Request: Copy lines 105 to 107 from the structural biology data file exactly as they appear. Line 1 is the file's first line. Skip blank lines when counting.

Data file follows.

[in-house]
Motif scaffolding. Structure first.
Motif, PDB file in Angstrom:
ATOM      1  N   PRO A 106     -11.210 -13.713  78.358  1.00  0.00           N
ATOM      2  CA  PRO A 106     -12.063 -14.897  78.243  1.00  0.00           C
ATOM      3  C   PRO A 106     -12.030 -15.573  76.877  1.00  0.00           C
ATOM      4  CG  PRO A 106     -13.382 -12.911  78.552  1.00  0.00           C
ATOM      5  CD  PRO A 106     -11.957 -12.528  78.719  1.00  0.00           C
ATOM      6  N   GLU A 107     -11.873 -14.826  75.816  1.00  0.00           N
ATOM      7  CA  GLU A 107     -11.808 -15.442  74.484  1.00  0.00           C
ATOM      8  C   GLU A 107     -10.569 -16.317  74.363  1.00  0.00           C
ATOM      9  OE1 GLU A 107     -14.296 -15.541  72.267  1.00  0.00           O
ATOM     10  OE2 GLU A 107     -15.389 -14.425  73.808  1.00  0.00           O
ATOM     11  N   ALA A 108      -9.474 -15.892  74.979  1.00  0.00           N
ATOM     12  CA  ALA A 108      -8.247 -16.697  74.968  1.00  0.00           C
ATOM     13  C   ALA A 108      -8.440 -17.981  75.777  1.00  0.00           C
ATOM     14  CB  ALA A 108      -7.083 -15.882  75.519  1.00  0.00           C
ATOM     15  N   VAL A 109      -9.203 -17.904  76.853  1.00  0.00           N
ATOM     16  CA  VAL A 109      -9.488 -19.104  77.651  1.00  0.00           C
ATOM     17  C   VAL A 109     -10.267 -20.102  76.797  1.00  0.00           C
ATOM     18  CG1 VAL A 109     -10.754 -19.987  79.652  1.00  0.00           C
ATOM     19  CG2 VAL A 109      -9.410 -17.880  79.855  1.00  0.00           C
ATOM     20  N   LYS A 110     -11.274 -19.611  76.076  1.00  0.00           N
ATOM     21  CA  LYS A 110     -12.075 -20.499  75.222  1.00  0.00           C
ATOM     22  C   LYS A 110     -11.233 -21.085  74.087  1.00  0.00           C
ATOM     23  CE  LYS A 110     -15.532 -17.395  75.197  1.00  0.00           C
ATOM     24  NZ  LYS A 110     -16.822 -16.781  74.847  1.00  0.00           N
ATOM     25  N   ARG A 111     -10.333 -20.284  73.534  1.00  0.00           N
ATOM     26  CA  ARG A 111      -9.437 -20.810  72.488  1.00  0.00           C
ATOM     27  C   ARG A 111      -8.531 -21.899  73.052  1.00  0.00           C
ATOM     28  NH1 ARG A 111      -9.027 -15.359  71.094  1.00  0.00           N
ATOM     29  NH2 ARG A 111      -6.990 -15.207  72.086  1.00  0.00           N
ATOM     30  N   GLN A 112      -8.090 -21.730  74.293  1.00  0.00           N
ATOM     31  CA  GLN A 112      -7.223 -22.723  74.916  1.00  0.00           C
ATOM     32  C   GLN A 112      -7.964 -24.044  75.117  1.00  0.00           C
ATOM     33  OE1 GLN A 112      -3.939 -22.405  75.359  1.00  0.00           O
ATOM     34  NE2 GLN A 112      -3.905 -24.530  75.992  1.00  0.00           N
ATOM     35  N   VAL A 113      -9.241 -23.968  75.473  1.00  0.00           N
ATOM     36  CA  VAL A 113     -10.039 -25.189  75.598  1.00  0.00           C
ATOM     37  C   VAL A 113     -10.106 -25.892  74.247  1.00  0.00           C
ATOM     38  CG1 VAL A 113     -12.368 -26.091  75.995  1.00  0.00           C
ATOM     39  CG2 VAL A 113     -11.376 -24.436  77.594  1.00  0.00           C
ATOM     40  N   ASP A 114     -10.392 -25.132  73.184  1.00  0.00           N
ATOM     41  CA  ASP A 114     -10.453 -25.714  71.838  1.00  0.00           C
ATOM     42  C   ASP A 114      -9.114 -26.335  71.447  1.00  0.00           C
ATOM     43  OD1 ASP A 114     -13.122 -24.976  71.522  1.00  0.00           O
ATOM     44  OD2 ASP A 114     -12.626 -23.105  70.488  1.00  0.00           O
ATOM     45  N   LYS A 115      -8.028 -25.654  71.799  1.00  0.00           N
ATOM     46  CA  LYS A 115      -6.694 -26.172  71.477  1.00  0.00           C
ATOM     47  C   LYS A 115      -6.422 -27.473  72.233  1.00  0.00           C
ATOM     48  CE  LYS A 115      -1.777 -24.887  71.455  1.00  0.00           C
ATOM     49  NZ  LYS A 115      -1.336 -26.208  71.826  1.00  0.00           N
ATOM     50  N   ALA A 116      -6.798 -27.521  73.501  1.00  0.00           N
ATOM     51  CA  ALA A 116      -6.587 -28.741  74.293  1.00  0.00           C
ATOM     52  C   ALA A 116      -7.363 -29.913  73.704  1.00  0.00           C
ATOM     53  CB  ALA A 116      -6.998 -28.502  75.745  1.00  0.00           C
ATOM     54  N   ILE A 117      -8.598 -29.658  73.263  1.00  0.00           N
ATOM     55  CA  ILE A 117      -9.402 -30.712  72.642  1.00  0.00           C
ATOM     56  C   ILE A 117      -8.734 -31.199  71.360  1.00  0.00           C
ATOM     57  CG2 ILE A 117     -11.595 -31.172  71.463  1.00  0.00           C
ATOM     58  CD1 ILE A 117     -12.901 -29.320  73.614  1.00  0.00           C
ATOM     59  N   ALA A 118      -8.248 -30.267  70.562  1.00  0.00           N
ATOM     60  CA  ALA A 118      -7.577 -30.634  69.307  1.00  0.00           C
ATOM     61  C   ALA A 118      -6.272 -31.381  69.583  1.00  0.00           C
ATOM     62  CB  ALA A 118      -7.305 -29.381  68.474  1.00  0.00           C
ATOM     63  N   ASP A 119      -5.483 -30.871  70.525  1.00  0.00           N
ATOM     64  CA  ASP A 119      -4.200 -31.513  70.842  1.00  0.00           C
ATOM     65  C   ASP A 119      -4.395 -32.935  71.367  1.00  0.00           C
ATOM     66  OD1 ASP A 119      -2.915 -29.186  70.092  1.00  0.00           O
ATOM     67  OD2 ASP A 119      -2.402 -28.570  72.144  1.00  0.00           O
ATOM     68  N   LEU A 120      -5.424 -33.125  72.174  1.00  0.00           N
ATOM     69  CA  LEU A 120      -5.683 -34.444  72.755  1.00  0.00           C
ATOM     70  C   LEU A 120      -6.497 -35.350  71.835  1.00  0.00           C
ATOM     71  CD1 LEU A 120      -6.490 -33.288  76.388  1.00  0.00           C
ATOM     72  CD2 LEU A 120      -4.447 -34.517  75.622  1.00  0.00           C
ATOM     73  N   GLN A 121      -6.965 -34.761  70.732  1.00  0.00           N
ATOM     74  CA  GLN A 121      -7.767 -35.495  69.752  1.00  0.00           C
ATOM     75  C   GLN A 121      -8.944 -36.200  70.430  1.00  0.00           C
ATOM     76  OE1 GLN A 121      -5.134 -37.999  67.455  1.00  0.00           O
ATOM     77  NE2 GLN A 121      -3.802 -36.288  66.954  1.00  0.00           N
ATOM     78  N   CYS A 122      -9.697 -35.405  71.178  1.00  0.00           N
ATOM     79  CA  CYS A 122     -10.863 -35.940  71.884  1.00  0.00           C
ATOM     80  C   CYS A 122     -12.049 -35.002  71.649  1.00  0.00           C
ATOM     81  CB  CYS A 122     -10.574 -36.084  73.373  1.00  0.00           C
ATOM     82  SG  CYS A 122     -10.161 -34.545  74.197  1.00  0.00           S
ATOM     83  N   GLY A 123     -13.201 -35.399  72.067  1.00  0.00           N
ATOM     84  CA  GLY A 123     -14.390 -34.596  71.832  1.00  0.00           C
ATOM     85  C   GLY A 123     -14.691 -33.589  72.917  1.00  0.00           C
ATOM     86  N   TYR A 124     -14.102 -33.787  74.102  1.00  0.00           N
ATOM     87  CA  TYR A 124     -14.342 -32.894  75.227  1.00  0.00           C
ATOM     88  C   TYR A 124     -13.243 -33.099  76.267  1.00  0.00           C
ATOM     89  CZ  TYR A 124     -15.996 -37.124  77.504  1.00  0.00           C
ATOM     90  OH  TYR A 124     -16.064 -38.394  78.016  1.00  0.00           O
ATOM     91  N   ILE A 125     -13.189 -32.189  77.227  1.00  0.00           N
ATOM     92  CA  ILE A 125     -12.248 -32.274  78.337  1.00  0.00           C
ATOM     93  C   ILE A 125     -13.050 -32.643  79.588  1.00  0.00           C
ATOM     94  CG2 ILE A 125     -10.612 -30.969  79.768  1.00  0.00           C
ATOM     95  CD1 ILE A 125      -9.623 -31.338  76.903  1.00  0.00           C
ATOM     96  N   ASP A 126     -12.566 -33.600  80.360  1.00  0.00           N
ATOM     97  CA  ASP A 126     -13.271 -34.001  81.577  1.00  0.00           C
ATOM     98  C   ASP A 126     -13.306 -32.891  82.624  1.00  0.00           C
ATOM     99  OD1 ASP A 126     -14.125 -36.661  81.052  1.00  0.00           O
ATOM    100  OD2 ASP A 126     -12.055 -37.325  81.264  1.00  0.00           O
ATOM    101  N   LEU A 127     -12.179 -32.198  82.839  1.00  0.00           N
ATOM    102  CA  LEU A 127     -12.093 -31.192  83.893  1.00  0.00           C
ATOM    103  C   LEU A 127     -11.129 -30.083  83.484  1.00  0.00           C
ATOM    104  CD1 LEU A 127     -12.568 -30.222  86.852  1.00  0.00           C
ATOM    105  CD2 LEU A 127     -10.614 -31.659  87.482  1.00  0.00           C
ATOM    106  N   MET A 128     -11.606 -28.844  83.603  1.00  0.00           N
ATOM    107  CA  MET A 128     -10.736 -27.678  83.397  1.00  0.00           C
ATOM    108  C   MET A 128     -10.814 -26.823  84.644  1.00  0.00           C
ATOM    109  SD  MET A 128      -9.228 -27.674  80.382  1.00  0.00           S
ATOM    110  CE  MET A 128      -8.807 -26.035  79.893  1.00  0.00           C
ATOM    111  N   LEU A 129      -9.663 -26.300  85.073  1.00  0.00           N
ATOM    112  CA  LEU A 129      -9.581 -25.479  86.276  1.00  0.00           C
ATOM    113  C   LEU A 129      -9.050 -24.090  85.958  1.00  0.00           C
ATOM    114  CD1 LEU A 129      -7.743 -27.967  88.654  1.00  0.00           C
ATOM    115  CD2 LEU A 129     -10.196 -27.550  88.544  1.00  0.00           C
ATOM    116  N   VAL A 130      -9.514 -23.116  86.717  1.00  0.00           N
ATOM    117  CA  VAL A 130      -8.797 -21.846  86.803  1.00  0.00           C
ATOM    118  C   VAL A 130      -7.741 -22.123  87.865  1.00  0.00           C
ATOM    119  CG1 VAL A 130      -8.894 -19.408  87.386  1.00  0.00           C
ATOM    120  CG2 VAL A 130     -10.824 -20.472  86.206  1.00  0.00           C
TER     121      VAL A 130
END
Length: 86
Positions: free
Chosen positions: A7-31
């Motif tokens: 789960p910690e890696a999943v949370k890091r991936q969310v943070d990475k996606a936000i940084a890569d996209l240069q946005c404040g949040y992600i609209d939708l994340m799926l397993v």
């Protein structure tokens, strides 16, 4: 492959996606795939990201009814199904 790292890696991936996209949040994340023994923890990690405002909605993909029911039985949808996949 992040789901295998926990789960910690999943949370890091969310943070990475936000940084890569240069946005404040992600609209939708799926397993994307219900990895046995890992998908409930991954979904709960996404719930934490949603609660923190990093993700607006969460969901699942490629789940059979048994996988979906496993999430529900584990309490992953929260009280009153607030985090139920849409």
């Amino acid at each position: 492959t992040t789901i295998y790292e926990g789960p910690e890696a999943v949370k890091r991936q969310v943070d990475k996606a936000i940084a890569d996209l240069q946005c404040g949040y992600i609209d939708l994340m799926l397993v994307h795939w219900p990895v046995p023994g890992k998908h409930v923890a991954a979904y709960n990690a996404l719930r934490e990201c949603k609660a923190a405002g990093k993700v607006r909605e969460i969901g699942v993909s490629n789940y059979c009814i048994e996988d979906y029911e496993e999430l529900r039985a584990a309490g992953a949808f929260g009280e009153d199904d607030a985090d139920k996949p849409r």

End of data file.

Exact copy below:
ATOM    102  CA  LEU A 127     -12.093 -31.192  83.893  1.00  0.00           C
ATOM    103  C   LEU A 127     -11.129 -30.083  83.484  1.00  0.00           C
ATOM    104  CD1 LEU A 127     -12.568 -30.222  86.852  1.00  0.00           C